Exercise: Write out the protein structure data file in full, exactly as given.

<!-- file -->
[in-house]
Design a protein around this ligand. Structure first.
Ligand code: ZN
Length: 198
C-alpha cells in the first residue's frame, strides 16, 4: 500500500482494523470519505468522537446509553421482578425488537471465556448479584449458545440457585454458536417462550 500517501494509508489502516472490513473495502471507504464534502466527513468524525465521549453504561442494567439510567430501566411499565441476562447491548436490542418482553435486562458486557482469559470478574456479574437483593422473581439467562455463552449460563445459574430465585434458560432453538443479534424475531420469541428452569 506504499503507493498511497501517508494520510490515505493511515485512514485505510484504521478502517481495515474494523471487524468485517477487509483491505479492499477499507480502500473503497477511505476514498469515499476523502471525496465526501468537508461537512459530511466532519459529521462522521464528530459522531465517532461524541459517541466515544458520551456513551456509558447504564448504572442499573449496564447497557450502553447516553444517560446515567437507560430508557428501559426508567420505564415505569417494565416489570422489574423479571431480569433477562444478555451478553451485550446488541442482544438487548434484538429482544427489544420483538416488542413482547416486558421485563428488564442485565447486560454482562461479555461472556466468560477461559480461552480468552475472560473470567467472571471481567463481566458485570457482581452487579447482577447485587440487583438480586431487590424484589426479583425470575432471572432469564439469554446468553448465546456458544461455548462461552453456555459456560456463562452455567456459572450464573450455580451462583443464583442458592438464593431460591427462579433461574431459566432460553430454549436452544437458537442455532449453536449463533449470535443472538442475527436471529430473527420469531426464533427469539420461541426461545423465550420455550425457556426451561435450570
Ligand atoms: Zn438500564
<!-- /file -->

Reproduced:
[in-house]
Design a protein around this ligand. Structure first.
Ligand code: ZN
Length: 198
C-alpha cells in the first residue's frame, strides 16, 4: 500500500482494523470519505468522537446509553421482578425488537471465556448479584449458545440457585454458536417462550 500517501494509508489502516472490513473495502471507504464534502466527513468524525465521549453504561442494567439510567430501566411499565441476562447491548436490542418482553435486562458486557482469559470478574456479574437483593422473581439467562455463552449460563445459574430465585434458560432453538443479534424475531420469541428452569 506504499503507493498511497501517508494520510490515505493511515485512514485505510484504521478502517481495515474494523471487524468485517477487509483491505479492499477499507480502500473503497477511505476514498469515499476523502471525496465526501468537508461537512459530511466532519459529521462522521464528530459522531465517532461524541459517541466515544458520551456513551456509558447504564448504572442499573449496564447497557450502553447516553444517560446515567437507560430508557428501559426508567420505564415505569417494565416489570422489574423479571431480569433477562444478555451478553451485550446488541442482544438487548434484538429482544427489544420483538416488542413482547416486558421485563428488564442485565447486560454482562461479555461472556466468560477461559480461552480468552475472560473470567467472571471481567463481566458485570457482581452487579447482577447485587440487583438480586431487590424484589426479583425470575432471572432469564439469554446468553448465546456458544461455548462461552453456555459456560456463562452455567456459572450464573450455580451462583443464583442458592438464593431460591427462579433461574431459566432460553430454549436452544437458537442455532449453536449463533449470535443472538442475527436471529430473527420469531426464533427469539420461541426461545423465550420455550425457556426451561435450570
Ligand atoms: Zn438500564